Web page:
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Saturday, November 05, 2005

Let Every E'en Be Hallow

B-LottHSm.jpg LESS ME, FATHER, for I have sinned. It has been fifteen days since my last confession. Clearly too long, for the Lord has seen fit to visit His terrible wit upon me:

I woke up this morning <twang> Ah say ah woo-ke up thismaw-awnin, yeah
Woke UP this morning
Ah had Senator Tre-yent Lott, Mississippi, <dan. dan. daaaah>
S-s-s-Stuck! <whoop>
Stuck awn ma heeeeee-ad. <lick type="sorrowful">

Woke up this morning; showered; looked in the mirror; saw a stranger staring back. Somehow, by some arcane malevolent magic, I find myself today with Trent Lott hair. Take a picture of Senator Lott, scribble a bloatee upon it, that's me, that is. Oddly enough the picture trick does not work the other way: take a photo of me, Bearded, scratch away the hairy chin you will not see Senator Trent Lott: you will see Peter Griffin, Family Guy, for I am of the Ass-chin, for which we have invented the smiley "<:-3)))". Shave my beard, shave away the years, and reveal one of the "fat, wheezy boys with a note from Matron", as Blackadder's General Melchitt used to say, in all his dismal glory. My wife insisted once. Only ever that One Time.

But what the nine-ringed hell is up with my hair? Where did that come from? I'm always distracted by Senatorial hair-styles whenever they appear on television: the contrived awfulness of them, that the erstwhile wise men of the Senate would spend big bucks to shape with delicate care such mundane coiffs; a symbol of the humiliation to be endured in the pursuit of power? Then here am I, stripping fingers one time only through shower-soaked hair, real hair, my hair, to arrive at that look au-naturelle that screams false calls of Syrup!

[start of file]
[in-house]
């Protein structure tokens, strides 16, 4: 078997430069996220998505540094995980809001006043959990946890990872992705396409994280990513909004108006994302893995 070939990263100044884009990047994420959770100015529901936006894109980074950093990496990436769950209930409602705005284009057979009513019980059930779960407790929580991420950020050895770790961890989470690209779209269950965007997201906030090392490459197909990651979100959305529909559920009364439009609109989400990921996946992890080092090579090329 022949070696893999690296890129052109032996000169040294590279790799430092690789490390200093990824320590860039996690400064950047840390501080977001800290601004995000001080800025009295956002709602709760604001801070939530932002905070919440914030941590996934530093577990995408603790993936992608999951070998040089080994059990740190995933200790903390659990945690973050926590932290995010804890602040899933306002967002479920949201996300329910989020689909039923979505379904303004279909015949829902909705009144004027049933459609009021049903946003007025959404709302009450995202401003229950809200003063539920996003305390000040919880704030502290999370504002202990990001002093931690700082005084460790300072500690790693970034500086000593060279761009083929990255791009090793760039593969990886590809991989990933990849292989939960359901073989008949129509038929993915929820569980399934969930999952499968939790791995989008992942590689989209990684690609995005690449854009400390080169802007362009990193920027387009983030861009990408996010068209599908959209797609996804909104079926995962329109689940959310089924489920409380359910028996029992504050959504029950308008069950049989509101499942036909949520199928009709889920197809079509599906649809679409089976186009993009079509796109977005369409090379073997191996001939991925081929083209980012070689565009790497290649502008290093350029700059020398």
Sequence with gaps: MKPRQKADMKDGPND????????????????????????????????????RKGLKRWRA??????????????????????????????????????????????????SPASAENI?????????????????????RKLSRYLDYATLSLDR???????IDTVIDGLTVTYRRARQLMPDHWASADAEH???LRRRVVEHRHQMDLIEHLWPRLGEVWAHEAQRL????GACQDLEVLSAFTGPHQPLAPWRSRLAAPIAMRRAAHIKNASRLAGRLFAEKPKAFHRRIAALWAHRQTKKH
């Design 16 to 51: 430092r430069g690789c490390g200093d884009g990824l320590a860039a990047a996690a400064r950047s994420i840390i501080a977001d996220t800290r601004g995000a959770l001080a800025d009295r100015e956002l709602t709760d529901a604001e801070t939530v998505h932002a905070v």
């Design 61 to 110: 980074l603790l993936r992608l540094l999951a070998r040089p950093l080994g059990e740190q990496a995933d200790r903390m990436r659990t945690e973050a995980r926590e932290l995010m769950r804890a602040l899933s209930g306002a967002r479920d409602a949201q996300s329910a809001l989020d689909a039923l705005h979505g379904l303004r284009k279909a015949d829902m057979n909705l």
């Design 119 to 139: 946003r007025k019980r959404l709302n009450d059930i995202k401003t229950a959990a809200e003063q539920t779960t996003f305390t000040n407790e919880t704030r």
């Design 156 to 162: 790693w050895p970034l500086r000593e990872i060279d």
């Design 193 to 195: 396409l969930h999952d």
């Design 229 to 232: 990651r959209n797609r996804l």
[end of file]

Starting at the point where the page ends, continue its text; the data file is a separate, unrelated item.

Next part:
I must, however grudgingly, accept that as a man grows older so does the vibrant radicalism of his youth foul into stoney-faced conservativism. Experience sadly bears this out; but I had not expected, nor was I prepared for, any physical dimension to that transition: that in addition to the aging, the graying of the corpus there should be a blueing of it too? I mean, one's hair just should not meld that way on its own.

I like to keep my hair short and sharp - finger-wide and spikey - but my wife, bless her, She prefers it longer, about this length, at which it begins to curl and drive me crazy. Normally it would curl, that is: but not today. Today it is a shelf. My first thought is to blame the cutter, the hairdresser. You'd think a "Number Three with short spikes on top" would somehow always turn-out the same way, regardless of who cuts it? I don't think it does: oh, surely looks the same immediately afterwards, but like chaotic butterflies in China, teeny tiny variations at the cutface yield vastly different results a month or so down the road. One month it might grow long and scruffy, curled at the edges. Another it grow awkwardly top-heavy, shooting bushy outgrowths like a frightened erazorhead. This month, clearly, and rather unforgivably, it has Lotted.

Trent Lotted.

Were I a superstitious fellow - and I am - I might be drawn to a more sinister explanation. I would read into this development a creepy parallel with the novel I happen to be reading this week: for I am enmeshed in my second attempt at deciphering The Satanic Verses by Salman Rushdie. I tried to read it once before, many years ago when the book was first published, but had to set it aside on the usual grounds of being too thick to read it; in the forlorn hope that I might make more sense of it with a couple more years under my belt? Alas, not: I remain baffled, though still manage to derive great pleasure from it.